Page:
The paper quoted in Seralini’s study clearly states that GMO portion of the diet was compared against six other non-GMO supplements.

    “Séralini observed high rates of cancer in the GMO maize fed rats and reported that observation as any good scientist would do. Was he expected to ignore observations that did not conform to what he expected to find?”

    He observed high rates of cancer in a rat strain known to suffer from high rates of cancer. He did not offer any statistical evidence that the rates seen in any group were significantly different from any other. If you analyzed the incidence of tumours in all groups and found they weren’t significant, you should probably make that clear. Instead he doesn’t provide any statistical analysis, but chooses to include pictures of rats with massive tumours. That’s sensationalism, not responsible science.

    I should add that one of the biggest criticisms in the many comments I’ve read is that some of these rats should have been euthanized well before their tumours progressed to the stage pictured. I wonder though, if someone’s intent was to push an anti-GMO agenda, wouldn’t it be in their best interest to make sure the rats were as sick and the tumours as big as possible?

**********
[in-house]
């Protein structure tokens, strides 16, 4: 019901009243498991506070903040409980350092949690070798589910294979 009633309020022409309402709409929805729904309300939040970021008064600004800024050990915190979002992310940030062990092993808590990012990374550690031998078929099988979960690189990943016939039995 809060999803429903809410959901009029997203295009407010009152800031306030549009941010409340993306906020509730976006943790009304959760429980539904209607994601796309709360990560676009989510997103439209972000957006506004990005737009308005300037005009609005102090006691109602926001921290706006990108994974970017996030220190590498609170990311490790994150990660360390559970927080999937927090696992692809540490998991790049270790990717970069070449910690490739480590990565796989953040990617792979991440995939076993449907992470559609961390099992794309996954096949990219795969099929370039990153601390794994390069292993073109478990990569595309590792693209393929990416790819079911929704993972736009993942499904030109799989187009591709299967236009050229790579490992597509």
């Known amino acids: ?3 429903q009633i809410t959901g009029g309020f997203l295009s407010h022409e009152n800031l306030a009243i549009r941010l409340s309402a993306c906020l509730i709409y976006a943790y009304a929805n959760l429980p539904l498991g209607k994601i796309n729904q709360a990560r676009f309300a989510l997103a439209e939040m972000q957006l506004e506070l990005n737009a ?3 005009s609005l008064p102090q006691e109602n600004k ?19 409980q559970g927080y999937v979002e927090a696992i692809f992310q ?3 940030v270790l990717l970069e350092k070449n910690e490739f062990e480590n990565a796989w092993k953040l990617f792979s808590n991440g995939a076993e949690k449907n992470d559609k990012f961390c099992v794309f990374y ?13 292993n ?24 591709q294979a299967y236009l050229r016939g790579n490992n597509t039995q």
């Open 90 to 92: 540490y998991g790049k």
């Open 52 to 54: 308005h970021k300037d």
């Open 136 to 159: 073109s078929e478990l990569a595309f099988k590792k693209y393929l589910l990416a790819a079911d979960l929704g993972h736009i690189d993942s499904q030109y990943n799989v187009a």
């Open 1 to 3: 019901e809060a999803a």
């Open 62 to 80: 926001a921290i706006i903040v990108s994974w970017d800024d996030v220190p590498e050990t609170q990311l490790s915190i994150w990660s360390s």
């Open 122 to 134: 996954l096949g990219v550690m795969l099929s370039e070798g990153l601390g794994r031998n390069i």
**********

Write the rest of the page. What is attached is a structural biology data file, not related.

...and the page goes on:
“The sample size argument is also entirely irrelevant. Séralini followed the toxicity part of OECD protocol no. 453 as he should have. This protocol states that you must use a minimum of 10 rats of each sex per test group.”

    But the sample size is relevant. Bigger sample sizes provide more certain results. At least one analysis was able to show that the mortality results were probably not meaningful. Simply because some protocal insists you have at LEAST a certain number of rats doesn’t make your data any more or less useful.

    “It is also true that Séralini’s results are inconclusive because of the rat strain and the small sample size. But so are Monsanto’s results. Studies are retracted over serious errors or fraud not inconclusiveness.”

    I thought the sample size was irrelevant. The study was retracted because it presented some of the results as conclusive. Figure 5 and table 3 both describe a 99% confidence interval. There have been many questions regarding irregularities or errors in the histology and pathology findings as well as the design of the experiment.

    “What he is exposing is an extremely disturbing bias.”

    He exposes an extremely common and justified bias. When you present data that goes against everything that has been learned so far in a field as widely studied as GMO foods, you can expect the scientific community will crawl into all the dark corners of your paper with a microscope to see if it’s legit.